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Suppose that there is a body with a mass $m$. How could I get the geodesic inside the body (in Schwarzschild metric)? Because I have only described the metric outside a body before. We also know the radius $r$ of the body and the density is homogeneous.

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The internal metric is derived in the same way as the external metric, by solving the Einstein equation. In general there won't be an analytical solution, but for the case you give of a homogeneous spherically symmetric body the solution is the Schwarzschild interior metric:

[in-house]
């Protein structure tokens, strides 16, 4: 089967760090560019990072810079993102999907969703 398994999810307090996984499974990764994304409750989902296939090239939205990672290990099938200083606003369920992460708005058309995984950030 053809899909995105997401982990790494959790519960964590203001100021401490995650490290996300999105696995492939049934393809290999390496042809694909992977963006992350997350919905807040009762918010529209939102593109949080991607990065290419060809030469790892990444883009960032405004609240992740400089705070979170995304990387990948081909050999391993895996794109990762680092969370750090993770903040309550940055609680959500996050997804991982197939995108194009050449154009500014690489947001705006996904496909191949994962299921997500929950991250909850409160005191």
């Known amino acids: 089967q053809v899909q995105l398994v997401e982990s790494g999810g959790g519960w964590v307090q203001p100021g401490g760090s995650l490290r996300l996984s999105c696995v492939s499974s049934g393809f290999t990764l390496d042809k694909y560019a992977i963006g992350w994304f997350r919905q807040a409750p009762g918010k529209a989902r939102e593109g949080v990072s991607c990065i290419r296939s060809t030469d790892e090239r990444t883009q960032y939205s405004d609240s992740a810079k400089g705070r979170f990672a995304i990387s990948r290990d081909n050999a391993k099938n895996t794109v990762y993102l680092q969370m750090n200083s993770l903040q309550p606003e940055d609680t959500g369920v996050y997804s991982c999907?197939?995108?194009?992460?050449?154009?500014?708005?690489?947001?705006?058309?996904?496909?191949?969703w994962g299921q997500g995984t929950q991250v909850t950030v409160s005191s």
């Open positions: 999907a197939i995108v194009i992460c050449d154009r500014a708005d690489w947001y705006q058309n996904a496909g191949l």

$$ ds^2 = -\left[\frac{3}{2}\sqrt{1-\frac{2M}{R}} - \frac{1}{2}\sqrt{1-\frac{2Mr^2}{R^3}}\right]^2dt^2 + \frac{dr^2}{\left(1-\frac{2Mr^2}{R^3}\right)} + r^2 (d\theta^2 + sin^2\theta d\phi^2) $$

Calculating the geodesics requires solving the geodesic equation for this metric, which rapidly gets messy and horrible. As far as I know there aren't any simple solutions.

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